No wonder therefore that the first constitutional laws of all the Latin American countries should uphold, in their initial stage, their Catholic faith as official, even forbidding the expression of other religions, at least in public.


However, the fledgling presence of practising members of other religions (especially Protestant merchants, soldiers and sailors) and pressure from the then dominant power (Great Britain) led to a budding acceptance of the freedom of worship a few years later.


The passage from a State religion, with the Catholic Church’s religious monopoly, to State religious neutrality acknowledging religious plurality (yet not equality), dominated the last half of the nineteenth century and the first half of the twentieth century. This occurred precisely at a time when the Catholic Church was specifically against religious freedom, coincidental with the fierce attacks launched in Europe, but also in America, by anti-clerical liberalism and by masonry.


The first challenge posed to religious freedom in Latin America is, thus, to complete this passage from religious uniformity to such religious plurality as exists today, by providing plurality with adequate acknowledgement and legal scaffolding. In particular, it is a question of shifting from ‘freedom without equality’ (the stage at which all Latin American countries are today) to full legal acknowledgement of plurality, respecting at the same time the peoples’ tradition, culture and identity.


In all Latin American countries the Catholic religion is still broadly the majority religion, albeit with internal diversity and distinctive features. But the Catholic Church no longer holds the religious monopoly in any of them. Religious diversity is more noticeable in some countries than in others. Generally speaking, despite the lack of reliable statistics, we might say that Catholicism is still the religion of some 75 per cent of Latin Americans.


The principal minority, which is also the fastest growing, is that made up of the Evangelical churches, and among them, the Pentecostal and neo-Pentecostal. The Protestant churches, including the Anglican confession, have been the first to settle since the 1820s; today, they are not numerically significant in Latin America, although their cultural presence is active in several places. In general, they are strongly committed towards the human rights movement and ‘progressive’ ideas, evidencing ideological proximity with the Catholic currents guided by the Liberation Theology. Some of these religious minorities are the product of foreign missions, while others spring from Latin American soil itself. The most remarkable current case is provided by the Igreja Universal do Reino de Deus (Universal Church of God’s Kingdom), born in Brazil and expanded throughout America and also in Europe and Asia. It is a ‘neo-Pentecostal’ organization, that includes Christian elements and others of a magical kind (known for its motto ‘stop suffering’) which are the reason for the rejection from the rest of the Evangelical churches, reluctant to recognize it as one of them. A further element of conflict lies in their economic handling, much questioned by many.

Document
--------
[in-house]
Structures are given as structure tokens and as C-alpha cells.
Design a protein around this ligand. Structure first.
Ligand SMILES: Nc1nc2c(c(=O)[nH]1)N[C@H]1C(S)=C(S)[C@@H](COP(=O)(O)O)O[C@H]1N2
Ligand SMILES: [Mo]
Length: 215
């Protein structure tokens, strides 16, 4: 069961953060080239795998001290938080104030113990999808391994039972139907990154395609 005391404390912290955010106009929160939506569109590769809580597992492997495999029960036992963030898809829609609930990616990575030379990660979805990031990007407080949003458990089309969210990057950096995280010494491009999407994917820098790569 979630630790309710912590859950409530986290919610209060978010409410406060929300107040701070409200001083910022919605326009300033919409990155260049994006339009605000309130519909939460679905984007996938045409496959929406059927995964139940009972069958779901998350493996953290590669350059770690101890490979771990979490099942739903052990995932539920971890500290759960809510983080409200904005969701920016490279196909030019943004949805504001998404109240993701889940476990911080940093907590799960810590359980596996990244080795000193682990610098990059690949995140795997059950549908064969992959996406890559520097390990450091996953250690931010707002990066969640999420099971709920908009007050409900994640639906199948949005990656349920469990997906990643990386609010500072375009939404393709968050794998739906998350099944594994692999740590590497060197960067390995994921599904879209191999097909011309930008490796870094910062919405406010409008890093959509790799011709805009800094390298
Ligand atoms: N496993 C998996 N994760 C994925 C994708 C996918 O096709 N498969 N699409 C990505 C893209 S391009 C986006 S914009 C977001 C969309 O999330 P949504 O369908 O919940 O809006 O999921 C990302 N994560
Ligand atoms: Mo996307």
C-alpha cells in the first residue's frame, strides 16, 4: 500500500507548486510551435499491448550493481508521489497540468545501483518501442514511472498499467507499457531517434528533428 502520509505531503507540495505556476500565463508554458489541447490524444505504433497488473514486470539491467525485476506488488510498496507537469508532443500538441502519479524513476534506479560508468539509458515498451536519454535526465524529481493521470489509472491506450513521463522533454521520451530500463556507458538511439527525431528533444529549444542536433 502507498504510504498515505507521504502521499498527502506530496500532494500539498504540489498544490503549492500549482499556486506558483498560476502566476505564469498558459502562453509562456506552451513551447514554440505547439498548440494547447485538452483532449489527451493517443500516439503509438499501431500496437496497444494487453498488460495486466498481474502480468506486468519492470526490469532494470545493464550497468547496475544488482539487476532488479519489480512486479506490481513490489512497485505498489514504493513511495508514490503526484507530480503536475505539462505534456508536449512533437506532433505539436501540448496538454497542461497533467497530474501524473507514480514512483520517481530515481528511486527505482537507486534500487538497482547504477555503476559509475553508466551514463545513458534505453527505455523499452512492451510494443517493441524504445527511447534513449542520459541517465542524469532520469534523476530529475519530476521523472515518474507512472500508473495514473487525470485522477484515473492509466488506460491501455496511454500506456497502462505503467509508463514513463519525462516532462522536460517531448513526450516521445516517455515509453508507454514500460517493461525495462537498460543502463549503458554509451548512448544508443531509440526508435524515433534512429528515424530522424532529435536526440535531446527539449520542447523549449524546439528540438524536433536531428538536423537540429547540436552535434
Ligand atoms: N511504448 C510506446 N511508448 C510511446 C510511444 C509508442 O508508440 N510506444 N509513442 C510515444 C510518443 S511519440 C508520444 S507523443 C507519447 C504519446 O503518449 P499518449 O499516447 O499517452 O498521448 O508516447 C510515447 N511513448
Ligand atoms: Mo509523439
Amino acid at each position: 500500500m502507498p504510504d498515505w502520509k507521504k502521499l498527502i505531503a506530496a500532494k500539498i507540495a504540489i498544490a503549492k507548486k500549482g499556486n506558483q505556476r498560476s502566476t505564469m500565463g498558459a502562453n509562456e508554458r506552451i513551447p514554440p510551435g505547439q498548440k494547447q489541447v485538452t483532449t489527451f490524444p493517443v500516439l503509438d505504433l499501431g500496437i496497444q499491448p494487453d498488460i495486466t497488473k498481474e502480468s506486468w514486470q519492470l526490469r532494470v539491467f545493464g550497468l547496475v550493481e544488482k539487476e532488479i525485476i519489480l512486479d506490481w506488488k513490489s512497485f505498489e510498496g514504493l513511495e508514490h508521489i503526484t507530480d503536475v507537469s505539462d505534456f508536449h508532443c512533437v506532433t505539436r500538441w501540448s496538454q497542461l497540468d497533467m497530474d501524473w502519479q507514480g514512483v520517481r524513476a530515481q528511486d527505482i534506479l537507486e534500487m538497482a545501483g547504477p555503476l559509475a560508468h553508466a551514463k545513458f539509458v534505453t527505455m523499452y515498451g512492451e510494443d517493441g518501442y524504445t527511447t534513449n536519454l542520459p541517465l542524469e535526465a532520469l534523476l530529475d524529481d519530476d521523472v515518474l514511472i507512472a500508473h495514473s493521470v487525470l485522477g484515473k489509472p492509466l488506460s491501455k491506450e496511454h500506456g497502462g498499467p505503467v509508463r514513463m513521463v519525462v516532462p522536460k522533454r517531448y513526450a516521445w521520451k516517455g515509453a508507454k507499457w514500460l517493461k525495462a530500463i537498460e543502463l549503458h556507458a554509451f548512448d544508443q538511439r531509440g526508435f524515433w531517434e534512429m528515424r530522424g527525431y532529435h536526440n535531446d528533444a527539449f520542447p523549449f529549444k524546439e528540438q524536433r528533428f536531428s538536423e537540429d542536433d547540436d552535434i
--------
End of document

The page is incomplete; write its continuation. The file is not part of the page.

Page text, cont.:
The core difficulty posed by this first minority is its great fragmentation. This swarm of churches of very different sizes responds to different ecclesiastical models. Some are centralized structures, while others are congregational, with several independent communities within them. Moreover, the Evangelical churches are subject to an ongoing division process and to the emergence of new churches, many of them bearing scant theological density and capacity for institutional organization.4


A severe challenge is posed to the States for providing a legal channel for such a lively movement, where sincere and serious religious expressions are mingled with personal ventures or adventures. The first challenge is to discover with whom to start a dialogue. The second, related to the former, lies in defining who is to be acknowledged as a church, religious community or institution, and how, with which requirements, and to what extent such acknowledgement is to be granted.5


Moreover, the Evangelical churches do increase the number of the many other religious expressions, with their own needs, claims and structures: from the Jewish and Islamic communities, usually small but qualitatively important in some countries, to religious groups of the most diverse origin (Orthodox and ancient Eastern churches, Buddhist and Hindu communities, syncretic and neo-Christian groups such as the Jehovah’s Witnesses and the Mormons, perhaps in many countries the largest non-Catholic confessions), including indigenous religious expressions.


We are witnessing, in this matter, a complex and unfinished movement that must deal simultaneously with minority demands, sometimes urgent yet inorganic, and with the explicit and dull resistance from the majority church, which often perceives the loss of its former religious monopoly – assisted by the State – as unfair aggression (sometimes rightly so, as when it does endure attacks from governments and minority groups), and which is then tempted to seek restrictions on all these religious expressions, labelled all together as ‘sects’. However, it is worth noticing that there are increasingly efforts to distinguish among situations. In the final document of the Fifth General Conference of the Bishops of Latin America summoned in Aparecida, Brazil, in May 2007, further to a significant appreciation of the ecumenical and inter-religious dialogue, the following is stated: